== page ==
The chances that a subset of the high-profile donors that CBC members deal with—such as Coca-Cola, Verizon, General Motors, and Wal-Mart—will not, in good time, have business before central committees such as Ways and Means, which Rangel has had to step down from, are small. As such, CBC members are highly susceptible to conflict-of-interest slip-ups, and we would assume they would therefore be especially vigilant.
Why, then, would Rangel be so, as he himself put it, “sloppy” in policing the line between serving larger interests and serving himself, or at least the appearances thereof? Here, after all is the man who came into office watching his predecessor—Adam Clayton Powell, Jr.—dragged down for ethical lapses hardly unknown among white peers.
Racism is, I suspect, part of the story here—but not in the way we’re supposed to think. Is there a part of Rangel that has supposed that the ethics are fundamentally different for him since his nonprofit is devoted to battling the legacies of institutional racism? The CBC traditionally calls itself “the conscience of Congress,” and in its public statements and activities often functions as a kind of alternate NAACP rather than as a generator of legislation. Under this frame of mind, there would be little difference between serving “myself” and serving “my people.” Surely to combat racism is a greater good than any other. My nonprofit is the fight against racism. The fight against racism is me. Me is the fight against racism. Why not improvise a little, especially if no one is looking?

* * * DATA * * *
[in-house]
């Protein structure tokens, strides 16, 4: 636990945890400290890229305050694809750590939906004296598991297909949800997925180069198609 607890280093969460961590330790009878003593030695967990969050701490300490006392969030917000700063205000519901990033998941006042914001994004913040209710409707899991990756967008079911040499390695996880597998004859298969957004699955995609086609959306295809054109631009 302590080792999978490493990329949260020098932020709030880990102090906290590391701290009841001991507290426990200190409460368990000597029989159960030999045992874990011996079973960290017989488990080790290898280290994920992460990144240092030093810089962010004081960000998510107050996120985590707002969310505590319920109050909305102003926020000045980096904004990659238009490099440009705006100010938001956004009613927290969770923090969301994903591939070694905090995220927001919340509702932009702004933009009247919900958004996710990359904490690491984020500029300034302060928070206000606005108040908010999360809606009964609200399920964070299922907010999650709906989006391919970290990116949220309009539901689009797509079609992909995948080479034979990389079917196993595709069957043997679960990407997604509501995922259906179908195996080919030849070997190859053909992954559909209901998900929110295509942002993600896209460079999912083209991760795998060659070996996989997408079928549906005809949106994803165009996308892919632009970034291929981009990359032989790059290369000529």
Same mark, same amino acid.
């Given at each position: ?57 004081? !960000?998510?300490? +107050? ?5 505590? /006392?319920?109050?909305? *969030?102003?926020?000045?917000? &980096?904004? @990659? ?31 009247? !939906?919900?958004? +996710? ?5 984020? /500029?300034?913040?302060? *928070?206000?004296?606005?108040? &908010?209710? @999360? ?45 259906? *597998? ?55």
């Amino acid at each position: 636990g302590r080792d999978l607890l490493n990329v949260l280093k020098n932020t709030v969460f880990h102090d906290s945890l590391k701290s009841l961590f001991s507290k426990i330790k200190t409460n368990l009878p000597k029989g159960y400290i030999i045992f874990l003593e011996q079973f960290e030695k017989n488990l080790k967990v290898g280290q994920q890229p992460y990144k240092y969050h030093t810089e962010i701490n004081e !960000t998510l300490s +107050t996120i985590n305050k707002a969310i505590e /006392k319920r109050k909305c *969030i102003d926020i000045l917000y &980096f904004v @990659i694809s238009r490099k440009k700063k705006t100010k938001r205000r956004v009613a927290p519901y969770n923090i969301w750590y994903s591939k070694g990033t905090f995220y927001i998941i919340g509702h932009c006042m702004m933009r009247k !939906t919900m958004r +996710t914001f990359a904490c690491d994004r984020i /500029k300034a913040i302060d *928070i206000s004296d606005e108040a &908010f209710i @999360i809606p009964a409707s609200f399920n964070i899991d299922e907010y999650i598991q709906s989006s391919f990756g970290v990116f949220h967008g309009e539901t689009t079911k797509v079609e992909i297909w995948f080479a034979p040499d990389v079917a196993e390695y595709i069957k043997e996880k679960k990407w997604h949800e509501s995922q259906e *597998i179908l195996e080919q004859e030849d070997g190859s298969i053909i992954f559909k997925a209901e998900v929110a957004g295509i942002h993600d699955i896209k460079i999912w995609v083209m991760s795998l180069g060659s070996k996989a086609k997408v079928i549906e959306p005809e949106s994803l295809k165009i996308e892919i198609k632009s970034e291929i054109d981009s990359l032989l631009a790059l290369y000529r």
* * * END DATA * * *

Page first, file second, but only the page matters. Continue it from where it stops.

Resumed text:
This seems to be the only kind of explanation, given data in so far, on Maxine Waters’ transgression. She consults with Barney Frank about the propriety of setting up a meeting over bailout funds between Treasury Secretary Henry Paulson and a consortium of minority-owned banks when her husband was a stockholder in one of the banks. Frank says it isn’t a good idea, and yet she goes ahead with it, right down to the meeting itself being populated mainly by reps of the very bank her husband was involved with?
To suppose she was concerned solely with preserving her husband’s stock returns may have its kicks. But a better fit with her entire career’s mission, not to mention her current justifications, is that she felt that saving minority banks was a greater good. It’s not hard to see that she, in that position, would readily use as a main conduit the personal connections she naturally had with people at the bank her husband was involved with.
Especially if no one was looking. After all, look at what she has sometimes done even while people were looking—I will never forget her dancing on camera with L.A. gang members.